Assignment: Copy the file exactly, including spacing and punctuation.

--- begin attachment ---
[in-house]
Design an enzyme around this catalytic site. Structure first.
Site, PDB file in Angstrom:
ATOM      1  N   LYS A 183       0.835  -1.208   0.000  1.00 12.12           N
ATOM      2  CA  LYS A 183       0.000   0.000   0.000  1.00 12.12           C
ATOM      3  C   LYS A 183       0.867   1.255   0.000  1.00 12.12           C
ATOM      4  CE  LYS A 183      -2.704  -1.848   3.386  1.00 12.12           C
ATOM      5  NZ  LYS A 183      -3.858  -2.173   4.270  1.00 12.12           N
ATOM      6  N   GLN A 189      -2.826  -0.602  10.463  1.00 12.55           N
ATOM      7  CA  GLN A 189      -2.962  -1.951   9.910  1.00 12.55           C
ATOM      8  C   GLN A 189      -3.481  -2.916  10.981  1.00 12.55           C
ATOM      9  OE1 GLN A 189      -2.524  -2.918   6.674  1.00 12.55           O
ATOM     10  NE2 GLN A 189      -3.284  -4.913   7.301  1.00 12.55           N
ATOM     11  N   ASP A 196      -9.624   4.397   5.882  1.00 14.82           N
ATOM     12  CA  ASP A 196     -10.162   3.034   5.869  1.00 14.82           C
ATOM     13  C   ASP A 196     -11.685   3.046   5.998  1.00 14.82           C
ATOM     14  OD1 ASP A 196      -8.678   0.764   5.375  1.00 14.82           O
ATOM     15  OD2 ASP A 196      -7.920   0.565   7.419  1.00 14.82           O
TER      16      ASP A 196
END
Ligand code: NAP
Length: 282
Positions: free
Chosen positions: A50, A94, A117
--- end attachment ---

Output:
[in-house]
Design an enzyme around this catalytic site. Structure first.
Site, PDB file in Angstrom:
ATOM      1  N   LYS A 183       0.835  -1.208   0.000  1.00 12.12           N
ATOM      2  CA  LYS A 183       0.000   0.000   0.000  1.00 12.12           C
ATOM      3  C   LYS A 183       0.867   1.255   0.000  1.00 12.12           C
ATOM      4  CE  LYS A 183      -2.704  -1.848   3.386  1.00 12.12           C
ATOM      5  NZ  LYS A 183      -3.858  -2.173   4.270  1.00 12.12           N
ATOM      6  N   GLN A 189      -2.826  -0.602  10.463  1.00 12.55           N
ATOM      7  CA  GLN A 189      -2.962  -1.951   9.910  1.00 12.55           C
ATOM      8  C   GLN A 189      -3.481  -2.916  10.981  1.00 12.55           C
ATOM      9  OE1 GLN A 189      -2.524  -2.918   6.674  1.00 12.55           O
ATOM     10  NE2 GLN A 189      -3.284  -4.913   7.301  1.00 12.55           N
ATOM     11  N   ASP A 196      -9.624   4.397   5.882  1.00 14.82           N
ATOM     12  CA  ASP A 196     -10.162   3.034   5.869  1.00 14.82           C
ATOM     13  C   ASP A 196     -11.685   3.046   5.998  1.00 14.82           C
ATOM     14  OD1 ASP A 196      -8.678   0.764   5.375  1.00 14.82           O
ATOM     15  OD2 ASP A 196      -7.920   0.565   7.419  1.00 14.82           O
TER      16      ASP A 196
END
Ligand code: NAP
Length: 282
Positions: free
Chosen positions: A50, A94, A117